TLS for the link handshakes/encryption

Zach Brown zab at
Tue Sep 2 17:15:16 UTC 2003

> | Based on looking at the chainsaw [1] cvs and docs, it seems ZKS was
> | very excited about Oakley key exchange [2], and also about Photuris,
> | which has since been finalized into rfc 2522 and 2523.
> | 
> | Part of the benefit here is they have cookies built into the protocol
> | to keep adversaries from hammering the servers. ("Alice sends 128 zeros
> | and the server does an RSA decrypt" is a bad DoS issue.)

Yes, that was a big part of it.   Though in another recent hobbiest
crypto tunneling adventure I used a mix of the secret negotiation
described in 'Practical Cryptography' and Adam Back's hashcash.  I can
go back and look at the code and my notes and ramble about to anyone who
may be interested.

> | They seem to be designed for UDP (I'm not sure if that means they're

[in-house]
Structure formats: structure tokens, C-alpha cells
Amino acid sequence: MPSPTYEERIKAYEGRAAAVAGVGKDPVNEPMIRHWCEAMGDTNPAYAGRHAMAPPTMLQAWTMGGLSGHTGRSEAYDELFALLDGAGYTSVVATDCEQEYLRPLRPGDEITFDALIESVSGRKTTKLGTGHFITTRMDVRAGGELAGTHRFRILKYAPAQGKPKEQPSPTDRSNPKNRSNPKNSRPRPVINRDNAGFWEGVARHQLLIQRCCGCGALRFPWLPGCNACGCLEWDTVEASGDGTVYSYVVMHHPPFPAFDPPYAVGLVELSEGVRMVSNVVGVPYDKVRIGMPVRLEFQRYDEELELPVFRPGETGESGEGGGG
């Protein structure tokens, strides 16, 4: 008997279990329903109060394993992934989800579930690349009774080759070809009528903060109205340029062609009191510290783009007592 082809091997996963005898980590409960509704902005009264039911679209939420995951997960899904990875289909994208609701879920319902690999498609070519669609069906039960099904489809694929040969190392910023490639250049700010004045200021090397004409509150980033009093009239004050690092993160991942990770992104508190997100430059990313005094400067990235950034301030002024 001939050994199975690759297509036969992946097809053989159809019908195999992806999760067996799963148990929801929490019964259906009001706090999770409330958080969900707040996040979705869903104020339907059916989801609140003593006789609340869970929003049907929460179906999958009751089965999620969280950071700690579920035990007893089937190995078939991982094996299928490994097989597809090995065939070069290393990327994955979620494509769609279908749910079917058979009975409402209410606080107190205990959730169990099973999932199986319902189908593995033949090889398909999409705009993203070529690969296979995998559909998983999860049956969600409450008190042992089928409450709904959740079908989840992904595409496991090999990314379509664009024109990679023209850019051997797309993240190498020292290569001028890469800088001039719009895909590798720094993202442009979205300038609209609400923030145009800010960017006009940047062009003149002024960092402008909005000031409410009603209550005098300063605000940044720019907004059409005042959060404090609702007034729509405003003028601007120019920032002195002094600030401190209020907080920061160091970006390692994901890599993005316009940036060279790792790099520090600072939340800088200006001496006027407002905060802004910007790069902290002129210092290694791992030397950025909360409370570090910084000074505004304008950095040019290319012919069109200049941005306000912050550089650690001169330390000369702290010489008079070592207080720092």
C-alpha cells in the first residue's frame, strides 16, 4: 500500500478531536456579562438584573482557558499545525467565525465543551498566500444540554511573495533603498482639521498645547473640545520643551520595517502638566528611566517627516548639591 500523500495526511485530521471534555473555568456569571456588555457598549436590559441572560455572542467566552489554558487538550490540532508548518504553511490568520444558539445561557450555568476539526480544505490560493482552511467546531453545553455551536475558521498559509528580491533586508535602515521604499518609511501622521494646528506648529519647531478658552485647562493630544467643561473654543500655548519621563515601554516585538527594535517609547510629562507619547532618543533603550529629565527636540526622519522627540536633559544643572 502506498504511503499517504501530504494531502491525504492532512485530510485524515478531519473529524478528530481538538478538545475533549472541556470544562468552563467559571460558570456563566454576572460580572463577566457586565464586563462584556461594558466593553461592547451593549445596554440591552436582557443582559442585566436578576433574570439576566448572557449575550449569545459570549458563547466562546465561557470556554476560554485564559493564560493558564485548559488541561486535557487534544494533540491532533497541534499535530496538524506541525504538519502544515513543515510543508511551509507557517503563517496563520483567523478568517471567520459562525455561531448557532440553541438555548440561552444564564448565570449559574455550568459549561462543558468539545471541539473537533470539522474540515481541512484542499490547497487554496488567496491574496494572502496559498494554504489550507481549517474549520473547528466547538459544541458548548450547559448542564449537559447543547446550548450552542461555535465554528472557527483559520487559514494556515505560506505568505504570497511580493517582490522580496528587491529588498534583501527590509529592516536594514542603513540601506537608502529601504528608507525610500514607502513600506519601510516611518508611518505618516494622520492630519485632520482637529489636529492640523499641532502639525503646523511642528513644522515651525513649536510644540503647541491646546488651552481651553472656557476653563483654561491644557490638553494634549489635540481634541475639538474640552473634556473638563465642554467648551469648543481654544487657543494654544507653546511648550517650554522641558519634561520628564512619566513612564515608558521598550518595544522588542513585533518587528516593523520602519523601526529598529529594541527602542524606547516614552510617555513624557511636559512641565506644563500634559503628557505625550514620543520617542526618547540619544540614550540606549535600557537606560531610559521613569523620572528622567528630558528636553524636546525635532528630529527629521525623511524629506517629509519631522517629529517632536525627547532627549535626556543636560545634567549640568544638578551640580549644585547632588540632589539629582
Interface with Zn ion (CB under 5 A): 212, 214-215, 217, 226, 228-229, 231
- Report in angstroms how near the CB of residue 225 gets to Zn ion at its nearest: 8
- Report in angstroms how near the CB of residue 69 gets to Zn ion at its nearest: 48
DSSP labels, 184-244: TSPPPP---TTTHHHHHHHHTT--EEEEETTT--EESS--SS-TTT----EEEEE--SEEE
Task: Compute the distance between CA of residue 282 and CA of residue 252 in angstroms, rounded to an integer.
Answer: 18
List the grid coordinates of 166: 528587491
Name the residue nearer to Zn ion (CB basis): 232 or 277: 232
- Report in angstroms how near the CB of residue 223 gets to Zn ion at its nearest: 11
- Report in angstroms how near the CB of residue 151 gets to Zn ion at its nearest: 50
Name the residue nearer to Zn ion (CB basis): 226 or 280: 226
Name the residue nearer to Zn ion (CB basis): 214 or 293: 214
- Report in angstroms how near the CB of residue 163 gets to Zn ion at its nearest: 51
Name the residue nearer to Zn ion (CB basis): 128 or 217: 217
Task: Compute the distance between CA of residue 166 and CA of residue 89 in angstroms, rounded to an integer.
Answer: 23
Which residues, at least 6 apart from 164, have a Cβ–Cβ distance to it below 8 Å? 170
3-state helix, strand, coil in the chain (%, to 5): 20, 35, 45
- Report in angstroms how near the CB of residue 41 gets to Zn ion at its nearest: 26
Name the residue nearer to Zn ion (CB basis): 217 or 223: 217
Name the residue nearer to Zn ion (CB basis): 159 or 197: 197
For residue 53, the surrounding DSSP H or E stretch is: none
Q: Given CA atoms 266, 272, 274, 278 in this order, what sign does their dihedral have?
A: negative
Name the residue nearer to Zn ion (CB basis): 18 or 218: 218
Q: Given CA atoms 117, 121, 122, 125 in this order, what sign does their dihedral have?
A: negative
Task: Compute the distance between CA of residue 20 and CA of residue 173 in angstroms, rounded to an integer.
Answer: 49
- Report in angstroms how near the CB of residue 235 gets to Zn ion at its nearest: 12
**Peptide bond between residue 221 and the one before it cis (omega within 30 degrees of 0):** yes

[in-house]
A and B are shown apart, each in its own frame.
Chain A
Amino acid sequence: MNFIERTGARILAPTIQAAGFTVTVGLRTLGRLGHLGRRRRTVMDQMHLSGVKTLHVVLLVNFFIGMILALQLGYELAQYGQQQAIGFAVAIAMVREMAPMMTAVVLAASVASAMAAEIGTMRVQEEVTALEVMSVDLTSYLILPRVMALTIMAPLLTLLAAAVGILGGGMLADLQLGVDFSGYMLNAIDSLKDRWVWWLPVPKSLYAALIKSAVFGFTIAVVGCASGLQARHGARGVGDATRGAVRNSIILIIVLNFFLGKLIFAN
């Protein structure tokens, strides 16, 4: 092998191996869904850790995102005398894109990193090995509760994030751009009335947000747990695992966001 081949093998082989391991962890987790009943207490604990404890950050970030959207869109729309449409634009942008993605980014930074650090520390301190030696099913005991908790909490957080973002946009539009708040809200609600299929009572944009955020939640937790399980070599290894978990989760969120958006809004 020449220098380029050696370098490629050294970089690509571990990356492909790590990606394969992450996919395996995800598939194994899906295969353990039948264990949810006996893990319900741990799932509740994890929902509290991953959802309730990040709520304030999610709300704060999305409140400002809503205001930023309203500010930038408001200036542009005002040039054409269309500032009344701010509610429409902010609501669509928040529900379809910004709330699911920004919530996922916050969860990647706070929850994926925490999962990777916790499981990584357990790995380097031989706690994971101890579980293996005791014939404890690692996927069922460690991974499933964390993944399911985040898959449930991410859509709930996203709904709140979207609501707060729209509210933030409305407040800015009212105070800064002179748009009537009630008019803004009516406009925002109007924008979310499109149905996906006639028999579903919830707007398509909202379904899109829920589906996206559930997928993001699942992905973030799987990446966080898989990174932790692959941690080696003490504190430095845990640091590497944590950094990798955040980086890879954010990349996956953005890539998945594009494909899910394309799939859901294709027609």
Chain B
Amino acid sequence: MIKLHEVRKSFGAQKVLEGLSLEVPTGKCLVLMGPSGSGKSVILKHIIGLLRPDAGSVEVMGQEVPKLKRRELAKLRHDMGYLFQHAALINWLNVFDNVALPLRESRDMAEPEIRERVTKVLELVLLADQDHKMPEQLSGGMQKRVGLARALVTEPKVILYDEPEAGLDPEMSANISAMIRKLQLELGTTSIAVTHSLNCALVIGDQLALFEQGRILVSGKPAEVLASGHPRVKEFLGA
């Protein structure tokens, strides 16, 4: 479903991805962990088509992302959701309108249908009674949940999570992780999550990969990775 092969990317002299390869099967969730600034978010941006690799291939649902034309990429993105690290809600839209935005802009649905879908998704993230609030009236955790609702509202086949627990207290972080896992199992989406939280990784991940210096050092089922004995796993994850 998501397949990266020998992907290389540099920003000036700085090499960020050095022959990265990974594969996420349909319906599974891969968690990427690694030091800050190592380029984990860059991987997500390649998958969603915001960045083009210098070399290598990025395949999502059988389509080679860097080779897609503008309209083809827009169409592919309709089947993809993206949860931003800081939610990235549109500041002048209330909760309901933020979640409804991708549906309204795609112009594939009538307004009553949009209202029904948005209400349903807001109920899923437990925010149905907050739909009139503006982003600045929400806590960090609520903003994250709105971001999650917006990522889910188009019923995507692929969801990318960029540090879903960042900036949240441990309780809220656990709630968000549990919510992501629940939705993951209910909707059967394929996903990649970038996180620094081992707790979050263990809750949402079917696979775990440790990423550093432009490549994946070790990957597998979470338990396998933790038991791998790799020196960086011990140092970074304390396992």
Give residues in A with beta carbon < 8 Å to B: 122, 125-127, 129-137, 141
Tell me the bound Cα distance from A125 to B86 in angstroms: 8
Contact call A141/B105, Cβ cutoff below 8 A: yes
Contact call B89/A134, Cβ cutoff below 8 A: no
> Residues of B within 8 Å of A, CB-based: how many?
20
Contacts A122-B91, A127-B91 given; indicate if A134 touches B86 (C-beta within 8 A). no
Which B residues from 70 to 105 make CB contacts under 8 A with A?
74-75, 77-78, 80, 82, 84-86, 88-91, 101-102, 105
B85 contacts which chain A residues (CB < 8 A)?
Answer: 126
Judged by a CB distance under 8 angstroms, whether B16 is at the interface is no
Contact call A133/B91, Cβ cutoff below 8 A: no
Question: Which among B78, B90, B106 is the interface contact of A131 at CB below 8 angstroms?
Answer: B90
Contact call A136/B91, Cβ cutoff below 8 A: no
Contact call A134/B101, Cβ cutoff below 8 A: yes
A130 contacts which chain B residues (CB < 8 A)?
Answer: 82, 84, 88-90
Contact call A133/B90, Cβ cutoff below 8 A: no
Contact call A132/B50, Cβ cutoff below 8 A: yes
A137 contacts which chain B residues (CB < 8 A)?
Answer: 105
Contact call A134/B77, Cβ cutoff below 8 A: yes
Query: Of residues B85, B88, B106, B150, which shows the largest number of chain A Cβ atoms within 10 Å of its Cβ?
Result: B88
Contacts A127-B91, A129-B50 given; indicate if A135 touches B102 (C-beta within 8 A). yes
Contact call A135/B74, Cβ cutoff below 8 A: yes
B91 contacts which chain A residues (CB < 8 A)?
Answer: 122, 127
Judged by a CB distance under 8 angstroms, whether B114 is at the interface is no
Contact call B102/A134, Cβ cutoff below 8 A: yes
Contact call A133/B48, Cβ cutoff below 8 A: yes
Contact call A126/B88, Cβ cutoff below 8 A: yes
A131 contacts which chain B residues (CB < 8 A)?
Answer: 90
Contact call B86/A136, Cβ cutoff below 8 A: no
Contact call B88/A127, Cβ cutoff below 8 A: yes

> | less suitable/impressive for TCP).

These negotiatons should all still work well over TCP -- the messages
still get traded back and forth and the messages certainly don't rely on
the transport for any auth*.

Using UDP for the negotiation as well as the eventual tunnel transport
was intentional, though..

> We at ZKS were always fans of putting IP packets in an unreliable
> transport so as to avoid double TCP retransmits on packet loss.  I
> don't know if we ever tested this theory, but it sure was widespread.

right, the dueling retransmission timers are particularly irksome.

Once you're using UDP for the transport, it can be compelling to also
use UDP for the negotiation to simplify things -- particularly the
interaction with NAT.  It also seems a waste to spend those round-trips
building up TCP state that won't be used again.  We were concerned at
the time with the number of round-trips involved in the build-up which
is why Jerome shaved some round trips off the Photorus design when
cooking the negotiation chainsaw ended up with.

- z

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